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Court Cases

With the growing use of restorative justice, the number of court cases addressing restorative practices is growing.

. Foreword: New voices in mental health and drug courts.
Youth Court. Street Court. Homeless Court. Mental Health Court. Drug Court. Domestic Violence Court. Community Court. Veterans Court. Such specialty courts are sweeping the nation as manifestations of a problem-solving movement in which judges choose to use therapeutic jurisprudence (TJ) principles to focus on the treatment and resolution of interpersonal and psychological issues that underlie legal problems rather than emphasize punishment or blame.(excerpt)
. Healing the wounds: An examination of veterans treatment courts in the context of restorative justice.
Controversy exists regarding whether specialized courts, specifically drug courts, adhere to the restorative justice model. Veterans treatment courts (VTCs) are the newest programmatic innovation in the specialized court arena and have not been widely studied to date. This study utilizes data from the first in-depth case study of a VTC and explores whether it embodies the restorative justice ideal. Using both quantitative and qualitative data, we find that the VTC does not fully embody the restorative justice agenda, but it adheres closer to the ideal than drug courts.(author's abstract)
. Survey of Tribal Court effectiveness studies.
Alaska Native tribes have used sentencing circles and other cultural traditions to address problems involving tribal members for centuries. This way of dealing with disputes in a restorative and reparative manner eventually gave way to an adversarial process when Alaska was purchased by the United States. Alaska Natives have always had a unique relationship with the federal government; there is currently only one reservation in Alaska and limited other forms of Indian country in the state. In 1971 the Alaska Native Claims Settlement Act (ANCSA) was signed into law, extinguishing all unsettled Alaska Native claims to land by placing title to land in the control of Alaska Native corporations. Subsequent cases have determined that land transferred to Alaska Native corporations via ANCSA cannot be considered Indian country for the purpose of establishing tribal courtjurisdiction.(excerpt)
A visionary judge makes restorative justice come alive in Alabama
from Ken Kimsey's entry on Fairness Works: In a six-part video series, Judge McCooey talks passionately about her believe that justice requires much more than the court system provides, especially in the area of giving crime victims the opportunity to meet the offenders, face-to-face, in a safe place, and to do so on a voluntary basis. (If you walk out of here and find someone has stolen your car radio, chances are you don’t have much interest in meeting the thief, she says in one segment. But the more deeply you have been hurt, the more likely you want to meet the offender and ask questions like “why?”.) As appealing as her speaking style and warmth is her story about the unorthodox path that led her to the bench. Serving as a judge was never in her long-range plans, but when she won her first election against a well-established Montgomery lawyer, surprising herself in the process, she knew there were some new thing she wanted to try. Finding ways of implementing a restorative justice program was among them, and she set about methodically but quietly to make this happen.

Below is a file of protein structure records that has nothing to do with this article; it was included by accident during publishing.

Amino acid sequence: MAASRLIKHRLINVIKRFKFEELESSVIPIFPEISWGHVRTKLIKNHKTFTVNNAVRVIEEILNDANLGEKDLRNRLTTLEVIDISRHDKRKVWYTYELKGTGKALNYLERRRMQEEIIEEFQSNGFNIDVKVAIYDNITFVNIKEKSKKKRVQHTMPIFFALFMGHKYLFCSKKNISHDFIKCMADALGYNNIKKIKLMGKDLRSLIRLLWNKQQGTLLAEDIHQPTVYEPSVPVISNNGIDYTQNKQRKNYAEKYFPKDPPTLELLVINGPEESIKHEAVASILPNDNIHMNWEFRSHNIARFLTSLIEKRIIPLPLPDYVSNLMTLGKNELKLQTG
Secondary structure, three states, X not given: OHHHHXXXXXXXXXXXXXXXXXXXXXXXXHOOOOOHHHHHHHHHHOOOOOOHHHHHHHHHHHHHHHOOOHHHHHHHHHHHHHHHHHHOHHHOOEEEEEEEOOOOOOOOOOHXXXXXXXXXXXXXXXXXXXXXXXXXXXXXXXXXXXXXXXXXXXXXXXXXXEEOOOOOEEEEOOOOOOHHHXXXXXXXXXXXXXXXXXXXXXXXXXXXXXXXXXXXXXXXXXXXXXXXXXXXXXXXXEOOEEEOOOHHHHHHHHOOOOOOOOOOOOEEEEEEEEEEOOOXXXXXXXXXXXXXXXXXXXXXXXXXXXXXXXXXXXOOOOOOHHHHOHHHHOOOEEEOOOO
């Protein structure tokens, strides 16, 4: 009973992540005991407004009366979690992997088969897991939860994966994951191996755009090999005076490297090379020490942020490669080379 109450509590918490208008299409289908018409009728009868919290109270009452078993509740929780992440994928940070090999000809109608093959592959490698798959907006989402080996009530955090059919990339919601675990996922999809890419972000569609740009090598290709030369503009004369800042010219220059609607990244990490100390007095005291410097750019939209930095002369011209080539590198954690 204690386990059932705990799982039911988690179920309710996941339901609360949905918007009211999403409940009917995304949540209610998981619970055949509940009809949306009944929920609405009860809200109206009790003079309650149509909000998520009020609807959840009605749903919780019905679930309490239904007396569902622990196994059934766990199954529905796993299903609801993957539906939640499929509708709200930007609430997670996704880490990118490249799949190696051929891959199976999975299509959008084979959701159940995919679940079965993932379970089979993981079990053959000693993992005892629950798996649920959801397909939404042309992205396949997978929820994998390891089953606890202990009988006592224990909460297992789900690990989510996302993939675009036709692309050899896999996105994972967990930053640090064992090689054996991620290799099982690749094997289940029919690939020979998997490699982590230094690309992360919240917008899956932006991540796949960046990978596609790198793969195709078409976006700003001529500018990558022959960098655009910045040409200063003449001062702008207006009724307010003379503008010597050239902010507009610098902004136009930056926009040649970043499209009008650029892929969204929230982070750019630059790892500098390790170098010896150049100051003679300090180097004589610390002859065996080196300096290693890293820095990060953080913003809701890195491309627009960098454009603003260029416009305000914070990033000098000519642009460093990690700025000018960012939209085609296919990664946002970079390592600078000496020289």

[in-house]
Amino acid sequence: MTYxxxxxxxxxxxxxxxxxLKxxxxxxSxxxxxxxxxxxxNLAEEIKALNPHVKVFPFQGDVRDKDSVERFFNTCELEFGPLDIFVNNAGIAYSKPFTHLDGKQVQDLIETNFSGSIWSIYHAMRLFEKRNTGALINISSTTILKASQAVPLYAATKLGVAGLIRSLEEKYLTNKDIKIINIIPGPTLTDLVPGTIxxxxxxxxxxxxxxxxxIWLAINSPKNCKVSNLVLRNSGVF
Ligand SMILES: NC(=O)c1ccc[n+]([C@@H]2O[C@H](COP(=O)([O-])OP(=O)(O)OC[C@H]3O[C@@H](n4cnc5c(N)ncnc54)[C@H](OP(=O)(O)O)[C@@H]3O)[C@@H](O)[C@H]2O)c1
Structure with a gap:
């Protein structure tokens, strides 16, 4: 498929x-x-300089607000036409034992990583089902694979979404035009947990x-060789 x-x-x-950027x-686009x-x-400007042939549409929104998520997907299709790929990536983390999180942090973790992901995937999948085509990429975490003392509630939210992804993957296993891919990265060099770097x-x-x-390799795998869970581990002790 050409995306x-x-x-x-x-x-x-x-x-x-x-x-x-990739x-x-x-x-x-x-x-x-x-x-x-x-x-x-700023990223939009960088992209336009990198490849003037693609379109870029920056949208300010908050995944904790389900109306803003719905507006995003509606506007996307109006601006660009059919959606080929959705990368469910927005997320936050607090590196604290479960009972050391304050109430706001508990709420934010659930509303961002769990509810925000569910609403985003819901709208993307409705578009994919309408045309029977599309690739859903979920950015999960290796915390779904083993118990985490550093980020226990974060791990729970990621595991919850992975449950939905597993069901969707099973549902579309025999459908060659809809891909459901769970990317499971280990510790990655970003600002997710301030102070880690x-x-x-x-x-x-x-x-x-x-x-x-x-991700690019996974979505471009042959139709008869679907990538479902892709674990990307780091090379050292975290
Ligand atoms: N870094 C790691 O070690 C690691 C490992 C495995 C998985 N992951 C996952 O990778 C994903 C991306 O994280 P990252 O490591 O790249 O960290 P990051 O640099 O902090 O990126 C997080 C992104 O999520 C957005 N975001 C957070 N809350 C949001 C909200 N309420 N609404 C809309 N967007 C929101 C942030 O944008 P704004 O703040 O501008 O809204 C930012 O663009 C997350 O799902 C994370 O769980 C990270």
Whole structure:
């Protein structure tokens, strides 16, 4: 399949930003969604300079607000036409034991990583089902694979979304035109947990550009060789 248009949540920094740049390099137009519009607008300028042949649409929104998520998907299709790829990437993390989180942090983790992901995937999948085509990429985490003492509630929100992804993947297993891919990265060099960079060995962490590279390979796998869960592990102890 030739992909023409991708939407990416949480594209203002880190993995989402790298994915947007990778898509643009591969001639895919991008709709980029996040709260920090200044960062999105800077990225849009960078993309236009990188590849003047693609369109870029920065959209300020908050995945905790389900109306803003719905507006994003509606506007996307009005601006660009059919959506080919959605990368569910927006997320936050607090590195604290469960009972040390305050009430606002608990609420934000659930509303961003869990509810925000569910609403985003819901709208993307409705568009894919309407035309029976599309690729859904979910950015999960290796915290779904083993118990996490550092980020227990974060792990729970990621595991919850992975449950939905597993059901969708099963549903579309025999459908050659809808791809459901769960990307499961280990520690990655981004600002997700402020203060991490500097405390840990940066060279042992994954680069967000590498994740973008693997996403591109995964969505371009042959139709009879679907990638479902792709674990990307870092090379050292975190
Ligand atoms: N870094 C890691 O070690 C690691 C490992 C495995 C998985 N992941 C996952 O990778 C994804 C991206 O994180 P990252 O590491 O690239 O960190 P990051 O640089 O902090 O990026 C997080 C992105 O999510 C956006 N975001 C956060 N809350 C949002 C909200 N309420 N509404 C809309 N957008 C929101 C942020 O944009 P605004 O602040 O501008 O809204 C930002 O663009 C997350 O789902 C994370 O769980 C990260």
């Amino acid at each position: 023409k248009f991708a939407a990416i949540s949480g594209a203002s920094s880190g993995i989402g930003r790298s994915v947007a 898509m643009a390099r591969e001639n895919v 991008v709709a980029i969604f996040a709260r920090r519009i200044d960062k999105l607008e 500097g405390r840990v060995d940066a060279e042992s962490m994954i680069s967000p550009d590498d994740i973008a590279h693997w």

Burr, Richard. Litigating with victim impact testimony: the serendipity that has come from Payne v. Tennessee.
A lawyer experienced in representing accused individuals facing the death penalty, Richard Burr makes these two observations about victim impact testimony in capital cases: (a) it usually serves the prosecution’s goal of procuring a death sentence; and (b) it does little to address most of the needs of survivors of murder. At best, such testimony provides a momentary opportunity for survivors to voice their loss, thus being heard and felling less isolated. At worst, it exploits the immense pain suffered by survivors to serve as a lever to produce a death sentence. With all of this in mind, he considers the situation in the wake of Payne v. Tennessee (501 U.S. 808 [1991]), a case that made it virtually impossible for defense counsel to exclude or limit victim impact testimony. Now, he argues, defense lawyers must reach out to survivors with genuine compassion. They must learn from survivors which needs can be met within the criminal justice process; and they must do what they can do, consistent with representing the interests of their clients, to ensure that those needs are adequately addresses. Defense lawyers must work for respectful inclusion of survivors in the criminal justice process and not be complicit in exploiting and excluding them.